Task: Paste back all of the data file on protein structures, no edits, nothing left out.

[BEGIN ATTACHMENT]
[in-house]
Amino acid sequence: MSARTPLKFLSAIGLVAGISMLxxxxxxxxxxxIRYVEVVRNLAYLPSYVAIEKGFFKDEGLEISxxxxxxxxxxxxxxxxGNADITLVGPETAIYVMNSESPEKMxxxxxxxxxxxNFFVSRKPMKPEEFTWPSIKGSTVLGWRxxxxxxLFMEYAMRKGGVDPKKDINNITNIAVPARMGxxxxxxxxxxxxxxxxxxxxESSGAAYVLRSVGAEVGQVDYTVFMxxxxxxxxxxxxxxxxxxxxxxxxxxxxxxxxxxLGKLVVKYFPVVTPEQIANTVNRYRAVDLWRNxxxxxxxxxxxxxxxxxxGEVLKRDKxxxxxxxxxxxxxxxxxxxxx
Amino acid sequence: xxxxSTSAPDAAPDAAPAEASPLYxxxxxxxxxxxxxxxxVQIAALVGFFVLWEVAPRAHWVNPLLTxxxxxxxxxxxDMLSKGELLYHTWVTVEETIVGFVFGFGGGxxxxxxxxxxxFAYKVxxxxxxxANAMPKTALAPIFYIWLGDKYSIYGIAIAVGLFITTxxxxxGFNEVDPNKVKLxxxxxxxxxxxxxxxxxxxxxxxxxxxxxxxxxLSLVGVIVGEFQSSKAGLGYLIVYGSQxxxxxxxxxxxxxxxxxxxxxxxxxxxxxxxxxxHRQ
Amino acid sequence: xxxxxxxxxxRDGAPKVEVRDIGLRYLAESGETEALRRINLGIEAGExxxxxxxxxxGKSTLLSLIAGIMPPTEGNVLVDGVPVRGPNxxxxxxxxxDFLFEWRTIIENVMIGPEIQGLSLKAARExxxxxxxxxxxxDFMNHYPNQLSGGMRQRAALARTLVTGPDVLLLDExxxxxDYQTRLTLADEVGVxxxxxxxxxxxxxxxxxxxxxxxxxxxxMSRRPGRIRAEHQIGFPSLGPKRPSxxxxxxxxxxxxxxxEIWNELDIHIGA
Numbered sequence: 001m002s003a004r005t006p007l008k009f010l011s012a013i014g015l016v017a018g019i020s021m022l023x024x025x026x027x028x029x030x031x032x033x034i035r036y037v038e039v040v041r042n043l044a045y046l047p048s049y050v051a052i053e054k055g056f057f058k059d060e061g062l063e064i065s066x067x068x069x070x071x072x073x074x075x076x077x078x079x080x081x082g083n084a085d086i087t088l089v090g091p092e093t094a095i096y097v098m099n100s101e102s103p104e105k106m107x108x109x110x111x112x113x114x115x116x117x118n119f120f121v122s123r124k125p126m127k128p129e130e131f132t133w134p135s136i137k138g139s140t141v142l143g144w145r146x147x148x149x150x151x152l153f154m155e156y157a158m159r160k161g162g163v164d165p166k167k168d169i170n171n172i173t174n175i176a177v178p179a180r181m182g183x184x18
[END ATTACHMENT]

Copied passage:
[in-house]
Amino acid sequence: MSARTPLKFLSAIGLVAGISMLxxxxxxxxxxxIRYVEVVRNLAYLPSYVAIEKGFFKDEGLEISxxxxxxxxxxxxxxxxGNADITLVGPETAIYVMNSESPEKMxxxxxxxxxxxNFFVSRKPMKPEEFTWPSIKGSTVLGWRxxxxxxLFMEYAMRKGGVDPKKDINNITNIAVPARMGxxxxxxxxxxxxxxxxxxxxESSGAAYVLRSVGAEVGQVDYTVFMxxxxxxxxxxxxxxxxxxxxxxxxxxxxxxxxxxLGKLVVKYFPVVTPEQIANTVNRYRAVDLWRNxxxxxxxxxxxxxxxxxxGEVLKRDKxxxxxxxxxxxxxxxxxxxxx
Amino acid sequence: xxxxSTSAPDAAPDAAPAEASPLYxxxxxxxxxxxxxxxxVQIAALVGFFVLWEVAPRAHWVNPLLTxxxxxxxxxxxDMLSKGELLYHTWVTVEETIVGFVFGFGGGxxxxxxxxxxxFAYKVxxxxxxxANAMPKTALAPIFYIWLGDKYSIYGIAIAVGLFITTxxxxxGFNEVDPNKVKLxxxxxxxxxxxxxxxxxxxxxxxxxxxxxxxxxLSLVGVIVGEFQSSKAGLGYLIVYGSQxxxxxxxxxxxxxxxxxxxxxxxxxxxxxxxxxxHRQ
Amino acid sequence: xxxxxxxxxxRDGAPKVEVRDIGLRYLAESGETEALRRINLGIEAGExxxxxxxxxxGKSTLLSLIAGIMPPTEGNVLVDGVPVRGPNxxxxxxxxxDFLFEWRTIIENVMIGPEIQGLSLKAARExxxxxxxxxxxxDFMNHYPNQLSGGMRQRAALARTLVTGPDVLLLDExxxxxDYQTRLTLADEVGVxxxxxxxxxxxxxxxxxxxxxxxxxxxxMSRRPGRIRAEHQIGFPSLGPKRPSxxxxxxxxxxxxxxxEIWNELDIHIGA
Numbered sequence: 001m002s003a004r005t006p007l008k009f010l011s012a013i014g015l016v017a018g019i020s021m022l023x024x025x026x027x028x029x030x031x032x033x034i035r036y037v038e039v040v041r042n043l044a045y046l047p048s049y050v051a052i053e054k055g056f057f058k059d060e061g062l063e064i065s066x067x068x069x070x071x072x073x074x075x076x077x078x079x080x081x082g083n084a085d086i087t088l089v090g091p092e093t094a095i096y097v098m099n100s101e102s103p104e105k106m107x108x109x110x111x112x113x114x115x116x117x118n119f120f121v122s123r124k125p126m127k128p129e130e131f132t133w134p135s136i137k138g139s140t141v142l143g144w145r146x147x148x149x150x151x152l153f154m155e156y157a158m159r160k161g162g163v164d165p166k167k168d169i170n171n172i173t174n175i176a177v178p179a180r181m182g183x184x18